A columnist questions his ability and himself.
A close of war looms over Harding’s (Painter of Silence, 2012, etc.) fourth atypical like a bulletproof fog. Added diffuse novella than novel, it’s told in a alluringly quiet accent evocative of D.H. Lawrence—simple, descriptive, air-conditioned on the surface, churning with affect below. Set in Vietnam and Japan and on a rural acreage in England, it takes on big issues in a thoughtful, advised manner. Jonathan, a freelance photographer, arrives by chopper at a baby Vietnamese boscage apple breadth a ablaze and bloody skirmish has aloof taken place. He sees a still, built-in soldier aptitude against a wall, his burglarize captivated up beeline in advanced of him, bound snaps a picture, then moves on. After demography added photographs, he hurries aback for his ride. Seeing the soldier afresh he walks appropriate up to him: “This account he knew he must have.” The accomplished book radiates about this moment. Afterward, he sells this photo. Now iconic, it’s on abounding annual covers and newspapers. He travels to Japan to escape notoriety. Here “no one will apperceive him.” He finds a position teaching English and campaign the breadth demography photographs. At the language school he meets the affable and welcoming, “small and jaunty” Kumiko. They become friends, again lovers. She takes him to appointment her grandparents. Her grandfather fought the British in Burma; Jonathan’s ancestor fought the Japanese in East Asia. Walking a Tokyo artery one day Jonathan sees another gaijin or foreigner. He knows it’s the soldier he photographed, a “man he didn’t want ever to accept met.” Italicized passages commenting on Jonathan’s activities and feelings, forth with adroit Susan Sontag–like ruminations on photography, eyewitness and subject, anamnesis and responsibility, announce abounding chapters, in aftereffect creating addition adventure within the story. With a atoning tenderness, Harding brings her understated story to a powerful, affecting end.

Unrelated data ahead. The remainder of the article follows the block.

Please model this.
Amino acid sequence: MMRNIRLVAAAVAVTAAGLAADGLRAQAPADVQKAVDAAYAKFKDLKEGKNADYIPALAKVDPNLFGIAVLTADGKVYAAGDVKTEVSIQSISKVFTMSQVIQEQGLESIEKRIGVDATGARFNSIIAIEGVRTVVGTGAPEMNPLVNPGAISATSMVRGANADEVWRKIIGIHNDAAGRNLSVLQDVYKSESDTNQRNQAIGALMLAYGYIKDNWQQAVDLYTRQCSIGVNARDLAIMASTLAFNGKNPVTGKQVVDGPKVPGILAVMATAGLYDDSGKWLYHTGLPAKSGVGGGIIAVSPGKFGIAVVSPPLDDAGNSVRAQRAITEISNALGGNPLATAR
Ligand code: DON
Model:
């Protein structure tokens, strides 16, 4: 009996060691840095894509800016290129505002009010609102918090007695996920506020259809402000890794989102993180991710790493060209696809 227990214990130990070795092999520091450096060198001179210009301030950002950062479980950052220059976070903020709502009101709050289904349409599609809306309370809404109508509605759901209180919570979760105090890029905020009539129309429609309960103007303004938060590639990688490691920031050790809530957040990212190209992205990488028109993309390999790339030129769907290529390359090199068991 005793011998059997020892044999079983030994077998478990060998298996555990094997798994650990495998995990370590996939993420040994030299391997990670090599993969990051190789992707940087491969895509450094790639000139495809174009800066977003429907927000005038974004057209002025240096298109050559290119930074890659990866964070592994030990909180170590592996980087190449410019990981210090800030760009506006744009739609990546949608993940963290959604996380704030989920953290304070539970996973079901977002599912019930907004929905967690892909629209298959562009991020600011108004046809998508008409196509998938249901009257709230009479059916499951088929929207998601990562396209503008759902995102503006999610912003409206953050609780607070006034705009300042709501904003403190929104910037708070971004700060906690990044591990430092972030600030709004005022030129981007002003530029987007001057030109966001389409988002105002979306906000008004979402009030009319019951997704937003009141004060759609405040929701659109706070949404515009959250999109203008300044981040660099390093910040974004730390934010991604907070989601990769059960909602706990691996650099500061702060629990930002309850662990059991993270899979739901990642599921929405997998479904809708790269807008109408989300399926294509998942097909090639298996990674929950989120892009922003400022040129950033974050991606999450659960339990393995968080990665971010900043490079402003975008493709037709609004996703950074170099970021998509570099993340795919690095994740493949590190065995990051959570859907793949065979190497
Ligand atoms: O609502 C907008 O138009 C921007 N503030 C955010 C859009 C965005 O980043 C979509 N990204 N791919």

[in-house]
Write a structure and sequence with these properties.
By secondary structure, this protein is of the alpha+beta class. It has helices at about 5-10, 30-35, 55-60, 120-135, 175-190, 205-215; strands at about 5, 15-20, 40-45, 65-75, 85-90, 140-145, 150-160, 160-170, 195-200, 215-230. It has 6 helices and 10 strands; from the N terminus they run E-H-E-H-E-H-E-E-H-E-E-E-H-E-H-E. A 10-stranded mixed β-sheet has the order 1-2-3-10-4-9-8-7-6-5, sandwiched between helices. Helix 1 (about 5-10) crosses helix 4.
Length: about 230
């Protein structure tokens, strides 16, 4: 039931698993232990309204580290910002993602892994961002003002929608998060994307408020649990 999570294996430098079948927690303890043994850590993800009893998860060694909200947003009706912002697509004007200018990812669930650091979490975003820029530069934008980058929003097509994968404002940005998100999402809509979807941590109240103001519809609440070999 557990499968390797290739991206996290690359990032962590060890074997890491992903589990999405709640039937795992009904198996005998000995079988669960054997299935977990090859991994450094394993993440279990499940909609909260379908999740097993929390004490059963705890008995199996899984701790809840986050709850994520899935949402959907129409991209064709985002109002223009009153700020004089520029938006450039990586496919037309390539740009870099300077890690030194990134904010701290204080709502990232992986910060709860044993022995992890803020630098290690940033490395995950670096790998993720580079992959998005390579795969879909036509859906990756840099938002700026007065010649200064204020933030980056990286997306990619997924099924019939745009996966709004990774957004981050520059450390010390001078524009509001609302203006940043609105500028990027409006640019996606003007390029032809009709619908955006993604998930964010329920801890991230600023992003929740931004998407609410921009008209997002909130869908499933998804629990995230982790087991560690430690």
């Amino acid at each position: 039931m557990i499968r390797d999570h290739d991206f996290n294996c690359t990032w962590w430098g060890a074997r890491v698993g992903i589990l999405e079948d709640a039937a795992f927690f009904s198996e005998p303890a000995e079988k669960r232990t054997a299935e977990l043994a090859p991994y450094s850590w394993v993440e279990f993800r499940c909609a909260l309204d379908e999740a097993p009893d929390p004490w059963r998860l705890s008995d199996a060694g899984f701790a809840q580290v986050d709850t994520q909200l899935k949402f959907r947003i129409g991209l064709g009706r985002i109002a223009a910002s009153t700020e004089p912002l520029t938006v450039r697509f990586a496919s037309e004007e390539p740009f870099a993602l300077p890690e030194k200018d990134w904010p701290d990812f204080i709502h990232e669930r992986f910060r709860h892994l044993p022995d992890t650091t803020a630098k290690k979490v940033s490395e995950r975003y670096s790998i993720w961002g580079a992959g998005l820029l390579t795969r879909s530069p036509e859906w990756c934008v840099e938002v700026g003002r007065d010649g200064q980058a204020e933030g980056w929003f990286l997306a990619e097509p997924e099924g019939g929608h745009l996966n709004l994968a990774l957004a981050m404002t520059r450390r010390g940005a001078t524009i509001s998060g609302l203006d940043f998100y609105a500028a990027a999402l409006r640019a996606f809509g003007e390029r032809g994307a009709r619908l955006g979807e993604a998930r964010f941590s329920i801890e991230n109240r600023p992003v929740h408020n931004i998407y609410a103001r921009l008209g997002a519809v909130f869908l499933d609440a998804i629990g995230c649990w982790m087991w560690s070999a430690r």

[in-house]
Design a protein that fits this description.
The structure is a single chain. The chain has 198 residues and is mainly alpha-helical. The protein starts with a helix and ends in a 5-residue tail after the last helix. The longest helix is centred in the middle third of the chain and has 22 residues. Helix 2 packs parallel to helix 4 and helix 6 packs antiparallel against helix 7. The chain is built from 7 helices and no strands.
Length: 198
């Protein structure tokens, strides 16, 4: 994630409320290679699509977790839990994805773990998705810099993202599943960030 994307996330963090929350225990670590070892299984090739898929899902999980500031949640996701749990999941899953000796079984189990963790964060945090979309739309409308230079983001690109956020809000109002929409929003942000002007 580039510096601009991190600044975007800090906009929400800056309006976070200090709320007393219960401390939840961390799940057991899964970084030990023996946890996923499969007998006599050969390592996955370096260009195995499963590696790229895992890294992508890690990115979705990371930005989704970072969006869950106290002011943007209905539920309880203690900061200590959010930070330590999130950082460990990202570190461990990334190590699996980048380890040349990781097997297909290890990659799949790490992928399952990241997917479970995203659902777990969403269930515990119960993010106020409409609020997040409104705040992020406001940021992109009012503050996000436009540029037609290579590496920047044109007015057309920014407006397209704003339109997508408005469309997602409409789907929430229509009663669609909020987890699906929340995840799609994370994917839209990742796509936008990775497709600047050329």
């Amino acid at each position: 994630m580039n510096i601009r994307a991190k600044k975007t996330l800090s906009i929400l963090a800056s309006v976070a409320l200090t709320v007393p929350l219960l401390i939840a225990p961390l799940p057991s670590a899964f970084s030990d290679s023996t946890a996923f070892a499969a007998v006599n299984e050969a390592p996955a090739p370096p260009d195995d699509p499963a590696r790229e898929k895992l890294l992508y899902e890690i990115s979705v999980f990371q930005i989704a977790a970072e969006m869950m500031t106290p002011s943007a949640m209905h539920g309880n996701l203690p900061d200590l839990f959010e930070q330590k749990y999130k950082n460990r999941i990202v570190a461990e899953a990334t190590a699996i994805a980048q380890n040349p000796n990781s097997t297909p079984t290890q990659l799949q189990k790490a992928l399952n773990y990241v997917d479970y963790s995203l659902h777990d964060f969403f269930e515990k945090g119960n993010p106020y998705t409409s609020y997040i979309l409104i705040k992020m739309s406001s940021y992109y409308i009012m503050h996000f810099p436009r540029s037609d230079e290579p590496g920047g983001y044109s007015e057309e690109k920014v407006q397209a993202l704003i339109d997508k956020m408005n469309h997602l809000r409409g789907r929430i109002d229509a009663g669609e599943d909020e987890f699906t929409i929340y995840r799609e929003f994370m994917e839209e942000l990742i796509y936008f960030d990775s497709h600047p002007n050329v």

A haunting, attenuate analysis into circuitous and difficult matters.
A powerful novel about the memory of war, and how people bring that memory back to the world of peace, from Orange-prize shortlisted author Georgina Harding.
Dawn, mist clearing over the rice fields, a burning Vietnamese village, and a young war photographer gets the shot that might make his career. The image, of a staring soldier in the midst of mayhem, will become one of the great photographs of the war. But what Jonathan has seen in that village is more than he can bear, and he flees.
He drifts on to Japan, to lose himself in the vastness of Tokyo, where there are different kinds of photographs to be taken--pictures of crowds and subways and cherry blossoms. And innumerable pictures of Kumiko, the girl with whom he is no longer lost. But even here, in this alien city, his history catches up with him: the photograph and his responsibility in taking it, his responsibility as a witness to war, and as a witness to other events buried far deeper in his past.
The Gun Room is a powerful exploration of image and memory, and of the moral and emotional complexities of the experience of war.
The Gun Room
- BookThe Gun Room
- Author:Georgina Harding
- Publishing Date:2016-11-15
- Publisher:Bloomsbury USA
- Number Of pages:224